Maple Grove Business Pushes Right-to-Repair Bill
It’s a Minnesota House bill that some say pits one business against another. Independent businesses want to expand their ability to make repairs. Large manufacturers, meanwhile, say not sot fast.
The House right-to-repair bill has support from local repair shop owners.
“We found consumers are being intimidated, bullied, and overcharged for repairs from manufacturers,” said Brad Swenson, owner of Device Pitstop in Maple Grove.
Right now repair shops like Device Pitstop are able to fix your devices. However, it’s harder with newer products since manufactures like Apple refuse to give independent repair shops parts or manuals to make the job easier, said Swenson.
“What I feel is happening is that manufactures are trying to control everything,” said Rep. Peter Fischer, DFL-Maplewood, the chief author of the legislation. “They are not just controlling the point of producing their products, but the repairs and everything else.”
Fischer says he notices the problem outside of the tech industry too. He sees this as harmful not only to customers, but to small businesses as well.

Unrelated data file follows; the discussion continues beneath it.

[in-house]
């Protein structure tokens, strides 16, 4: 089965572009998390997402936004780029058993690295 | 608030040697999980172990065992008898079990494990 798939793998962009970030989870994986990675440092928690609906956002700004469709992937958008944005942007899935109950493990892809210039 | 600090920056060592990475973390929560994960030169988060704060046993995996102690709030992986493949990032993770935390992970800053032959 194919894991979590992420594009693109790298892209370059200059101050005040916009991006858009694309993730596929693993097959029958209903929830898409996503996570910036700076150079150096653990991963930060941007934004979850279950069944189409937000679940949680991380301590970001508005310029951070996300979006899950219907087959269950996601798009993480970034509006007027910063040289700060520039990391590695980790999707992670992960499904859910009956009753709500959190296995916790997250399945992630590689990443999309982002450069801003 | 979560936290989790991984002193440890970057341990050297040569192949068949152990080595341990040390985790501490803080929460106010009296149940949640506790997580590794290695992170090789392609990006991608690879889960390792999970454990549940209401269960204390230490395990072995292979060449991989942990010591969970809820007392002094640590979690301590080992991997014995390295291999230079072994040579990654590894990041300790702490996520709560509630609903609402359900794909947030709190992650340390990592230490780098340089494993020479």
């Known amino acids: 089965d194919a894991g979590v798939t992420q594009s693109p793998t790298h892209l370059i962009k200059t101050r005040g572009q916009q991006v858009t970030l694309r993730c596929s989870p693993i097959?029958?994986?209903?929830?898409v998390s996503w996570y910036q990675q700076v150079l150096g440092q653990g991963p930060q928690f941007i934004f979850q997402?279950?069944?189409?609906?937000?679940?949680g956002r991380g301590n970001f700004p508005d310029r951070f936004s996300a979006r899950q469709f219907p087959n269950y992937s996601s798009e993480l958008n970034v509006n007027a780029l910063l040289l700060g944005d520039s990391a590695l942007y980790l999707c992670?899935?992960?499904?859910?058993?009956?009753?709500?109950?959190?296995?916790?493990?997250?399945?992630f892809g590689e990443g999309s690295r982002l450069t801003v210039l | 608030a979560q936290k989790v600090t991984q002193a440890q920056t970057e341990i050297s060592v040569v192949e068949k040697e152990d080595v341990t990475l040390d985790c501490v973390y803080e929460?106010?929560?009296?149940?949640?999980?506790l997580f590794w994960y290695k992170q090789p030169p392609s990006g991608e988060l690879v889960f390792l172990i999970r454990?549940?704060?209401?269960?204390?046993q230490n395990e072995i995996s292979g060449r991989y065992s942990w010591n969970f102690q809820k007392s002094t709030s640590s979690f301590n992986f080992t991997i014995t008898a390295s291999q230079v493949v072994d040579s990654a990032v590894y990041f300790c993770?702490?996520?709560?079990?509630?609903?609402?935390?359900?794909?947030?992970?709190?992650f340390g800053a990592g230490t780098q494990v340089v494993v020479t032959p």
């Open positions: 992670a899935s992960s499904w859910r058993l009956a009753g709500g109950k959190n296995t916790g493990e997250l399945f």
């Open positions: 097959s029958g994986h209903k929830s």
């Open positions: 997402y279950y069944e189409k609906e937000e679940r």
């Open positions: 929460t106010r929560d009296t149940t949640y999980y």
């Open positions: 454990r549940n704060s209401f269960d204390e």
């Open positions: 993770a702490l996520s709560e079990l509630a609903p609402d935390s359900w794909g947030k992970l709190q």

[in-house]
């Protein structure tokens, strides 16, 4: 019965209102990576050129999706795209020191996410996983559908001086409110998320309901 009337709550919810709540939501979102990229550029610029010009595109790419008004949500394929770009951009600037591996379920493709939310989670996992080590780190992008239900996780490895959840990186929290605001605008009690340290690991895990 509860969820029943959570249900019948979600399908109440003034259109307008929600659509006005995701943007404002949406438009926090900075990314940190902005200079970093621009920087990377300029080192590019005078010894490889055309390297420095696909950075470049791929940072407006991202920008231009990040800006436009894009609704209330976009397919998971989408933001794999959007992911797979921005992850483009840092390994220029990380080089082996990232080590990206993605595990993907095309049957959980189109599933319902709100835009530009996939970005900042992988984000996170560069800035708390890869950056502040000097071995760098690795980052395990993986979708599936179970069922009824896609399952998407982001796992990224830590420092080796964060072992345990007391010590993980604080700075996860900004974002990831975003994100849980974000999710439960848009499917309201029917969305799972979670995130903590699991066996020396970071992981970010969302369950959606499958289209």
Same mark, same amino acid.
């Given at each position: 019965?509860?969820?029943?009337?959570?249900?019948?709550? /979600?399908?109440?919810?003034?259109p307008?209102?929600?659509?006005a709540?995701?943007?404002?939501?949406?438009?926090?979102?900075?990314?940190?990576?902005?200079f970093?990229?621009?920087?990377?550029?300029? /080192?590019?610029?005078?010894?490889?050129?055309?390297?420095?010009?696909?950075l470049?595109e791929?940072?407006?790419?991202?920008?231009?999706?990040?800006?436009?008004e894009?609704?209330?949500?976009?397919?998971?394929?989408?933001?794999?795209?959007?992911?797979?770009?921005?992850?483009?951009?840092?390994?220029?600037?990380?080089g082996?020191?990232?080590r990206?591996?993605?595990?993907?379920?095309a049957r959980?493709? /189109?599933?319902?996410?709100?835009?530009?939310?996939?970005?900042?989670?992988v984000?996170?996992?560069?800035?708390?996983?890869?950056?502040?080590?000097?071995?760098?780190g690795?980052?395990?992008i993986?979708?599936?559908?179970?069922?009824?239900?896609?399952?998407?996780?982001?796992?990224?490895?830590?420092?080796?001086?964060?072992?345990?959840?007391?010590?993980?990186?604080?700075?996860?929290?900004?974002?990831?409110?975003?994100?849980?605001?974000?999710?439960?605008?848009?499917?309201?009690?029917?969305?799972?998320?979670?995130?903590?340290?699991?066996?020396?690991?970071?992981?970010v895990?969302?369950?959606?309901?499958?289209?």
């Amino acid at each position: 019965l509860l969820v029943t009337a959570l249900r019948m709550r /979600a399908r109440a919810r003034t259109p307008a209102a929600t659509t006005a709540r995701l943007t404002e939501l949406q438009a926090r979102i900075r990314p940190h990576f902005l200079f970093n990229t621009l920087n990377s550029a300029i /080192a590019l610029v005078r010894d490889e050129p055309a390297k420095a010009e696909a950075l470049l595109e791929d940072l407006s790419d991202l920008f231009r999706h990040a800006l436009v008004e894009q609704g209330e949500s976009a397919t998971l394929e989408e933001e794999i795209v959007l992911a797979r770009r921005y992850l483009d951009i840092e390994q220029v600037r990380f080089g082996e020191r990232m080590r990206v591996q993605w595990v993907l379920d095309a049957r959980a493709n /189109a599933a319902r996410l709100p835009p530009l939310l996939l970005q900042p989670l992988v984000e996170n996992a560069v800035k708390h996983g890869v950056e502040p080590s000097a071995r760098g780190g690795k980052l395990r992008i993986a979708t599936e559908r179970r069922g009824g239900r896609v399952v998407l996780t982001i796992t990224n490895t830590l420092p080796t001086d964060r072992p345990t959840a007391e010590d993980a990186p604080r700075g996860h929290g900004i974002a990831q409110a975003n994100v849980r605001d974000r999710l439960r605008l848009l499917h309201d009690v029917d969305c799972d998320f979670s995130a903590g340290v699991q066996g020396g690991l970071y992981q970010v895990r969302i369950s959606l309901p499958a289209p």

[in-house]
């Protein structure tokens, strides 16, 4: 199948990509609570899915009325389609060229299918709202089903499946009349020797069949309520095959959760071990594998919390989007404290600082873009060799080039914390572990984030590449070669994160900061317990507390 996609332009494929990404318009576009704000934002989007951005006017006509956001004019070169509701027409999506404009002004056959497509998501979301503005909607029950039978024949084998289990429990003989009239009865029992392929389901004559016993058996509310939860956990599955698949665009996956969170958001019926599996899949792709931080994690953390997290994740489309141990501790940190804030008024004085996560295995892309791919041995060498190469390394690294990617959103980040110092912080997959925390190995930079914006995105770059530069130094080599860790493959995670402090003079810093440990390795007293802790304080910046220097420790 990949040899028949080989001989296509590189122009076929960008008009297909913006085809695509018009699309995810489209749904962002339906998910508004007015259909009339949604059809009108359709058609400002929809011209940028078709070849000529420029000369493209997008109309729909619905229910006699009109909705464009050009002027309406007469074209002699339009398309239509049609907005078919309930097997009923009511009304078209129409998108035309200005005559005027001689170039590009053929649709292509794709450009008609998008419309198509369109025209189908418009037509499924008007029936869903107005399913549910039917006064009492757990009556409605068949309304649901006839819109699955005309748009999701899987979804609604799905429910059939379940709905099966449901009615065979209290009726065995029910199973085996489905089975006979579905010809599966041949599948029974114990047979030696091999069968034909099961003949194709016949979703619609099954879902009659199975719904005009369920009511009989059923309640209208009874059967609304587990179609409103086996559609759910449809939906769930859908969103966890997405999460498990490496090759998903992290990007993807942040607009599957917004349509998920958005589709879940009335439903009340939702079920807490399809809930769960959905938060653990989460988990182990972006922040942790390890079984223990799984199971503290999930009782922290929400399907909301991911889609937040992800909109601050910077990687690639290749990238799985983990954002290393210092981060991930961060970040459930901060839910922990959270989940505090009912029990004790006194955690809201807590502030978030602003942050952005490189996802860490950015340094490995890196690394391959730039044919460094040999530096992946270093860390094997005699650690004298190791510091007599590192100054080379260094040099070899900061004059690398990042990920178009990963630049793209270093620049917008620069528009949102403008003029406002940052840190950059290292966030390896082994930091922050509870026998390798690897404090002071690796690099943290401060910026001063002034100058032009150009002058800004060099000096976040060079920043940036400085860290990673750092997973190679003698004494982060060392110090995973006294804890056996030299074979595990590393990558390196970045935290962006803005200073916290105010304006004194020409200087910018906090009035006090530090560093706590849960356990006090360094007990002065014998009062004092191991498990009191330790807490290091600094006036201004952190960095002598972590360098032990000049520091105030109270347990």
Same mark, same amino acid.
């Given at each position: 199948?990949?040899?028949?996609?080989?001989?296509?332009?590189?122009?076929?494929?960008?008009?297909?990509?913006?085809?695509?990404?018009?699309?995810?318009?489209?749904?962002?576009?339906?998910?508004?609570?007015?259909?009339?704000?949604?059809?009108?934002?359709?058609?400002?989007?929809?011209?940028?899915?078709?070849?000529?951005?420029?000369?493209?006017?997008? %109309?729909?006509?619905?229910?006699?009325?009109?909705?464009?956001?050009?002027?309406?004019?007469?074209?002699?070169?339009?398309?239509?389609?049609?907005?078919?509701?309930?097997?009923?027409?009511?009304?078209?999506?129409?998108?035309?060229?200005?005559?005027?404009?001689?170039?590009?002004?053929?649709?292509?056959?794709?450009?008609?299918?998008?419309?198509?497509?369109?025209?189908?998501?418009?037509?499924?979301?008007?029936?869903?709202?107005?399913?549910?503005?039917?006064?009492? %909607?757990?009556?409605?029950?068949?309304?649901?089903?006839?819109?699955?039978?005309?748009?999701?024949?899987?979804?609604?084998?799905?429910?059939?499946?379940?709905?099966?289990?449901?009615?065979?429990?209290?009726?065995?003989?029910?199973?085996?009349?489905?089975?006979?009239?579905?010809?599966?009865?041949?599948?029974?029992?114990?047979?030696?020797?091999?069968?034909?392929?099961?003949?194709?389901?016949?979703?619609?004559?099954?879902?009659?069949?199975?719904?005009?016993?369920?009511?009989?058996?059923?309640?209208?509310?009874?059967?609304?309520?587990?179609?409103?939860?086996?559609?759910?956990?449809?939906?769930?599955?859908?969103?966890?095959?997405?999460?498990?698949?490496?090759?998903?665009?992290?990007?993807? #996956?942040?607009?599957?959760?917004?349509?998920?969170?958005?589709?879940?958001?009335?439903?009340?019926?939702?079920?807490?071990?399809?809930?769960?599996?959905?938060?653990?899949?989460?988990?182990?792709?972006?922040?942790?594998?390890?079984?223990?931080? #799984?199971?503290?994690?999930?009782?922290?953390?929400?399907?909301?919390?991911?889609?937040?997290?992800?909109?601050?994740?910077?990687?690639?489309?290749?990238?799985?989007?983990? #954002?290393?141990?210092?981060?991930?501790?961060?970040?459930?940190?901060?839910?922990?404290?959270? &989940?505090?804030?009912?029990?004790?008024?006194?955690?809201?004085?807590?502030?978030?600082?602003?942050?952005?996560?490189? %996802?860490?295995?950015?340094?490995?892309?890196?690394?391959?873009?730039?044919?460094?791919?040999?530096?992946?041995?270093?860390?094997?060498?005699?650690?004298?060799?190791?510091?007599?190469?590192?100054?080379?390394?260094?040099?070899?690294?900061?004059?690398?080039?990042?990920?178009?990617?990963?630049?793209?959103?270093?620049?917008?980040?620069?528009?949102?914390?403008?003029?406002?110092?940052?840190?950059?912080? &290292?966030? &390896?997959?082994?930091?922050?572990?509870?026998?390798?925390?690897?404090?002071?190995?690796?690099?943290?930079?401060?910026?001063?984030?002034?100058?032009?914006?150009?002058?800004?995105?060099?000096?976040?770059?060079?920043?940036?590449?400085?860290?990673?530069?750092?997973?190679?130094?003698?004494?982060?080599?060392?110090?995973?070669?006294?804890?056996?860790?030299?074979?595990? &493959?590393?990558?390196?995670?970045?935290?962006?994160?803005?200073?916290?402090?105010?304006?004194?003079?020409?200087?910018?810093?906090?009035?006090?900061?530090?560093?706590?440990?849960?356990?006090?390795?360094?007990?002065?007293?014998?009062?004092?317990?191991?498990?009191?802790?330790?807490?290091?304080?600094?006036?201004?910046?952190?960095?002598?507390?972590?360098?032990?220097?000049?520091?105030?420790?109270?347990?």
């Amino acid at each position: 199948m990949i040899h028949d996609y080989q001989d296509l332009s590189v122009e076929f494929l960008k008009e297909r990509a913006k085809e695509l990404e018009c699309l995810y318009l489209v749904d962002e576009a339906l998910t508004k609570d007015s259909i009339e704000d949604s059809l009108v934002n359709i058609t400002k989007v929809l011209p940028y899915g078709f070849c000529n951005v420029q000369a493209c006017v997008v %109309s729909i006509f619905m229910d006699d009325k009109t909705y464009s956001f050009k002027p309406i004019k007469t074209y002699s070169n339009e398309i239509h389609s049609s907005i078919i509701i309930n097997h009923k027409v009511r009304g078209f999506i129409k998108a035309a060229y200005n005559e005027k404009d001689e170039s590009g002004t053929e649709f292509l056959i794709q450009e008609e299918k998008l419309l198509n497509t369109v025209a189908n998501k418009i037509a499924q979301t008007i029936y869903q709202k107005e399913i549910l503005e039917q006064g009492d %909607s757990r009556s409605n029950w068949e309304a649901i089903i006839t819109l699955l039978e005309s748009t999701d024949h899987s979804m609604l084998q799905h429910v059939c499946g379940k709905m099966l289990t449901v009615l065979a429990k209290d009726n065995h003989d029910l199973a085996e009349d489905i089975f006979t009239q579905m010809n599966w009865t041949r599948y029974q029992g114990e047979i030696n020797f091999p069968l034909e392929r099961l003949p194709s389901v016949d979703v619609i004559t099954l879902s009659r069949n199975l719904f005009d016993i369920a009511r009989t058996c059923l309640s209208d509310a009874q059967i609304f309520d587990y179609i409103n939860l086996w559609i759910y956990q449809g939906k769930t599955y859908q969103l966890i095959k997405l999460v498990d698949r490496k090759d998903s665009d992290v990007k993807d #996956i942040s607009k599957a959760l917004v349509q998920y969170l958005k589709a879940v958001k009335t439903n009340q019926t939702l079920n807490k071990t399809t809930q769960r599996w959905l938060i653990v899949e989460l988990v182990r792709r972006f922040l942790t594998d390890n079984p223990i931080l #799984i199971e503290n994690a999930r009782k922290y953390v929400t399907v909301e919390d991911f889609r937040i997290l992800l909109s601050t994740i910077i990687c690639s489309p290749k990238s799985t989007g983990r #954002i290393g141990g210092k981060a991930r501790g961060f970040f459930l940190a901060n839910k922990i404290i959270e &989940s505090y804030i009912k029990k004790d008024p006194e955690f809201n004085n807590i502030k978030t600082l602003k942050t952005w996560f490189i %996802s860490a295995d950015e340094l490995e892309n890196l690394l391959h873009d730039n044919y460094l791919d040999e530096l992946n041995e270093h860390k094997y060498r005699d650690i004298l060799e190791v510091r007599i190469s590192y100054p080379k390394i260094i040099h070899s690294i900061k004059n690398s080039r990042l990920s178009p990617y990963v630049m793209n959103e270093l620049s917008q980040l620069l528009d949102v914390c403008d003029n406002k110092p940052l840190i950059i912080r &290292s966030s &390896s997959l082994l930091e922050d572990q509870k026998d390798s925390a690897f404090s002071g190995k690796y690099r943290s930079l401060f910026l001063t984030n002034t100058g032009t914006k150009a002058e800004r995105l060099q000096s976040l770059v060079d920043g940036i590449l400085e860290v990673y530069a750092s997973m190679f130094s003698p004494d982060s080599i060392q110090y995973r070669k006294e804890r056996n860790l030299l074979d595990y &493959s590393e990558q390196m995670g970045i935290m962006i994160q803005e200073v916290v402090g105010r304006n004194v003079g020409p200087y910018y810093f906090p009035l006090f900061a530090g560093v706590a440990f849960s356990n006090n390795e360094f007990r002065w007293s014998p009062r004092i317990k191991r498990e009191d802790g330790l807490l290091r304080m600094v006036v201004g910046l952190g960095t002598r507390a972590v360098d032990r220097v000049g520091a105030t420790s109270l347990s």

“I am finding there are only one or two places in the entire metropolitan area to be able to address the problem,” said Fischer. “I felt two things are happening. Number one, it’s getting harder for these small businesses to survive. Number two, it’s starting to move into the situation where as it gets harder to make these repairs. It could cause us to start throwing away a lot more stuff then we did in the past.”
Manufacturers Oppose Bill
Electronic manufacturers who oppose the bill say it “stifles innovations by putting hard-earned intellectual property in the hands of hundreds if not thousands of new entities.” The bill would force manufacturing companies to provide repair shops with resources they need to fix damaged products.
“It’s saying to the manufacturers besides your authorized dealers, you have to share your manuals and your parts needed with the independent people out there,” said Fischer.
The right-to-repair bill would also apply to other household items like dishwashers and snowblowers. Authors of the bill are hopeful that it will pass through the House. But it has run into opposition in the Senate from lawmakers who say the “bill needs a lot of work.”